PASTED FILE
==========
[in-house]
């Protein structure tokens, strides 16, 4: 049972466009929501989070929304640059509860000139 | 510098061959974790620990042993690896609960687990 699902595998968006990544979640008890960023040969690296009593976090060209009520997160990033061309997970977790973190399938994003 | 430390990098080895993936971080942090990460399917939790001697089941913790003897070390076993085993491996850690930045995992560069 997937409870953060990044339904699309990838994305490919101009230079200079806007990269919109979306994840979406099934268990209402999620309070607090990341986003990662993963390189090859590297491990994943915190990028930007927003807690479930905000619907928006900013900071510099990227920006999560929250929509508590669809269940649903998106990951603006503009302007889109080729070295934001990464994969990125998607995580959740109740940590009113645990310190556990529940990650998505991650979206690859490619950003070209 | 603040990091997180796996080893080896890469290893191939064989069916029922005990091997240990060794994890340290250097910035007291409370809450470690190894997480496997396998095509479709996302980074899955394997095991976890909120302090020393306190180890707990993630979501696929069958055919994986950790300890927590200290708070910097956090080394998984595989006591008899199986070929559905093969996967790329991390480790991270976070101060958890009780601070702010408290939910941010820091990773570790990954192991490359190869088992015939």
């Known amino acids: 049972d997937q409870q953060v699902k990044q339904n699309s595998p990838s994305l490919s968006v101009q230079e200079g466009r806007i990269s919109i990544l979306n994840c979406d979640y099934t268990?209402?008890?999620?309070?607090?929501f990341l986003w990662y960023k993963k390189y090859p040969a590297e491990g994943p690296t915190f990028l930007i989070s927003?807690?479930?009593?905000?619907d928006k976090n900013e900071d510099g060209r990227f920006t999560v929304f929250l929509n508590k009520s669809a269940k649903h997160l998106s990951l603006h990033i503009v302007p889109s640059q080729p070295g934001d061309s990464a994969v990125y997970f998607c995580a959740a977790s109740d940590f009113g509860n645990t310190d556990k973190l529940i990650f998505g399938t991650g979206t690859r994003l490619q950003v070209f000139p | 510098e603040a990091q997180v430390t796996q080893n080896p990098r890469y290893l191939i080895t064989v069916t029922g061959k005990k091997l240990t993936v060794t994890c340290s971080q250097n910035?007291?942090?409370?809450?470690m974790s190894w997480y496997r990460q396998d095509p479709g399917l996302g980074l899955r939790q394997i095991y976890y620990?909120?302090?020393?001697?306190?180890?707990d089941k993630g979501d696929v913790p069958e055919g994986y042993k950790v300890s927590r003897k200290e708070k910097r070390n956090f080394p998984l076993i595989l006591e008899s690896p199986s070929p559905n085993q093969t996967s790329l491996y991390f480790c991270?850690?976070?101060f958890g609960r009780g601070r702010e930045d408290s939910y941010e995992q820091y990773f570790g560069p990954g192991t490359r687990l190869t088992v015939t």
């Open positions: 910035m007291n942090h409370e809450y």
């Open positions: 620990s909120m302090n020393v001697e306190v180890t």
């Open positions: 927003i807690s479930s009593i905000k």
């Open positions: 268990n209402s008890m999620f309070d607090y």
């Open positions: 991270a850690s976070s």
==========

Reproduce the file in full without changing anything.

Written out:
[in-house]
């Protein structure tokens, strides 16, 4: 049972466009929501989070929304640059509860000139 | 510098061959974790620990042993690896609960687990 699902595998968006990544979640008890960023040969690296009593976090060209009520997160990033061309997970977790973190399938994003 | 430390990098080895993936971080942090990460399917939790001697089941913790003897070390076993085993491996850690930045995992560069 997937409870953060990044339904699309990838994305490919101009230079200079806007990269919109979306994840979406099934268990209402999620309070607090990341986003990662993963390189090859590297491990994943915190990028930007927003807690479930905000619907928006900013900071510099990227920006999560929250929509508590669809269940649903998106990951603006503009302007889109080729070295934001990464994969990125998607995580959740109740940590009113645990310190556990529940990650998505991650979206690859490619950003070209 | 603040990091997180796996080893080896890469290893191939064989069916029922005990091997240990060794994890340290250097910035007291409370809450470690190894997480496997396998095509479709996302980074899955394997095991976890909120302090020393306190180890707990993630979501696929069958055919994986950790300890927590200290708070910097956090080394998984595989006591008899199986070929559905093969996967790329991390480790991270976070101060958890009780601070702010408290939910941010820091990773570790990954192991490359190869088992015939």
């Known amino acids: 049972d997937q409870q953060v699902k990044q339904n699309s595998p990838s994305l490919s968006v101009q230079e200079g466009r806007i990269s919109i990544l979306n994840c979406d979640y099934t268990?209402?008890?999620?309070?607090?929501f990341l986003w990662y960023k993963k390189y090859p040969a590297e491990g994943p690296t915190f990028l930007i989070s927003?807690?479930?009593?905000?619907d928006k976090n900013e900071d510099g060209r990227f920006t999560v929304f929250l929509n508590k009520s669809a269940k649903h997160l998106s990951l603006h990033i503009v302007p889109s640059q080729p070295g934001d061309s990464a994969v990125y997970f998607c995580a959740a977790s109740d940590f009113g509860n645990t310190d556990k973190l529940i990650f998505g399938t991650g979206t690859r994003l490619q950003v070209f000139p | 510098e603040a990091q997180v430390t796996q080893n080896p990098r890469y290893l191939i080895t064989v069916t029922g061959k005990k091997l240990t993936v060794t994890c340290s971080q250097n910035?007291?942090?409370?809450?470690m974790s190894w997480y496997r990460q396998d095509p479709g399917l996302g980074l899955r939790q394997i095991y976890y620990?909120?302090?020393?001697?306190?180890?707990d089941k993630g979501d696929v913790p069958e055919g994986y042993k950790v300890s927590r003897k200290e708070k910097r070390n956090f080394p998984l076993i595989l006591e008899s690896p199986s070929p559905n085993q093969t996967s790329l491996y991390f480790c991270?850690?976070?101060f958890g609960r009780g601070r702010e930045d408290s939910y941010e995992q820091y990773f570790g560069p990954g192991t490359r687990l190869t088992v015939t």
């Open positions: 910035m007291n942090h409370e809450y």
């Open positions: 620990s909120m302090n020393v001697e306190v180890t």
């Open positions: 927003i807690s479930s009593i905000k």
């Open positions: 268990n209402s008890m999620f309070d607090y």
């Open positions: 991270a850690s976070s």